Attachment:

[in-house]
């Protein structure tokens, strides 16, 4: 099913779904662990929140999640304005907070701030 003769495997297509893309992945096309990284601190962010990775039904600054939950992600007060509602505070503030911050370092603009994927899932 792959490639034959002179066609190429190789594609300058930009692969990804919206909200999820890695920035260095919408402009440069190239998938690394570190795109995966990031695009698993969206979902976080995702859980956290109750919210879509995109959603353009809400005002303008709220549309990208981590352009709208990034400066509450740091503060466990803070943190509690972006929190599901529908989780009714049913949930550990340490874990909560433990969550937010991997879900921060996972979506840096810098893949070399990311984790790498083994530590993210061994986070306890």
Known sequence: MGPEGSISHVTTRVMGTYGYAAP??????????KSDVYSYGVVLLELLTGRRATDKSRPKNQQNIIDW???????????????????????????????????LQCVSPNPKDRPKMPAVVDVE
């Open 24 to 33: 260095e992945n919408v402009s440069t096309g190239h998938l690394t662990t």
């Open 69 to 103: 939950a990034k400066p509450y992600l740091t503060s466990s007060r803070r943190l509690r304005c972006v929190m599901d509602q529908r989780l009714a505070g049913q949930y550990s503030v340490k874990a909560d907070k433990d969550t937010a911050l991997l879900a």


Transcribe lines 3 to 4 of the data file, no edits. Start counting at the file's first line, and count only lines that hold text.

Known sequence: MGPEGSISHVTTRVMGTYGYAAP??????????KSDVYSYGVVLLELLTGRRATDKSRPKNQQNIIDW???????????????????????????????????LQCVSPNPKDRPKMPAVVDVE
């Open 24 to 33: 260095e992945n919408v402009s440069t096309g190239h998938l690394t662990t």